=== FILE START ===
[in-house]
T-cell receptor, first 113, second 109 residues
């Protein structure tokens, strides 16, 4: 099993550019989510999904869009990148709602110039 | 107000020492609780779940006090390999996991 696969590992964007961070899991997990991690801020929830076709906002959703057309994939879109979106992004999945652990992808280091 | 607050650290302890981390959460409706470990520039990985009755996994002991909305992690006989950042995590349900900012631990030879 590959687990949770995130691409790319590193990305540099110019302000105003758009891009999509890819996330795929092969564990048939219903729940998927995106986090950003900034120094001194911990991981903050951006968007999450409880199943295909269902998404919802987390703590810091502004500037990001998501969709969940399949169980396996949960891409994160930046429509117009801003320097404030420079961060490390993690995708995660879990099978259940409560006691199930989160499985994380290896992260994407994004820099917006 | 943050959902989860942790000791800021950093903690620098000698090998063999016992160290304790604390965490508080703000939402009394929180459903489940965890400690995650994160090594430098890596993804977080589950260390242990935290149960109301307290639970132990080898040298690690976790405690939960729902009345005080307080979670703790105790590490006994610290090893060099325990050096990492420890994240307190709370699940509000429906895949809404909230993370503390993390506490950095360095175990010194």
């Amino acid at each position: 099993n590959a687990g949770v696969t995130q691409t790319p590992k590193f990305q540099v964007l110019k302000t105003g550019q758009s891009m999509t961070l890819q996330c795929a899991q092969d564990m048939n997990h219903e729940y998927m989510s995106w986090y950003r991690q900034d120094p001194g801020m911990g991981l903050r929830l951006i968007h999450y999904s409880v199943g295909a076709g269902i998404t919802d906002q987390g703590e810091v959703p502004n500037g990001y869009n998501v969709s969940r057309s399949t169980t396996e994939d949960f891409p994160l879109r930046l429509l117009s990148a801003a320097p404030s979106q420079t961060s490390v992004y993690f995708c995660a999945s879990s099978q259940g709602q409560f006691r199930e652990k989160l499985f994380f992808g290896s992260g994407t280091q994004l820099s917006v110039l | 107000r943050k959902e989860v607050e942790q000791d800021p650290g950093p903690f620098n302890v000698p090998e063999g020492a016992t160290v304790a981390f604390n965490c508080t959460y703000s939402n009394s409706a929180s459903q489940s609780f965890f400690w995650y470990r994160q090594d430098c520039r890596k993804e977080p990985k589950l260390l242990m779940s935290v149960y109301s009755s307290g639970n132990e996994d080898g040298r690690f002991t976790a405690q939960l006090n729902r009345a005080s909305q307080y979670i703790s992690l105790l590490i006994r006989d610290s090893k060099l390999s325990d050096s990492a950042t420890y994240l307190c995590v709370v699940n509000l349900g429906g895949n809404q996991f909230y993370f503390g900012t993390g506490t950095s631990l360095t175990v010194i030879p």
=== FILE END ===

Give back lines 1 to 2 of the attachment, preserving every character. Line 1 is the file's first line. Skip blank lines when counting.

[in-house]
T-cell receptor, first 113, second 109 residues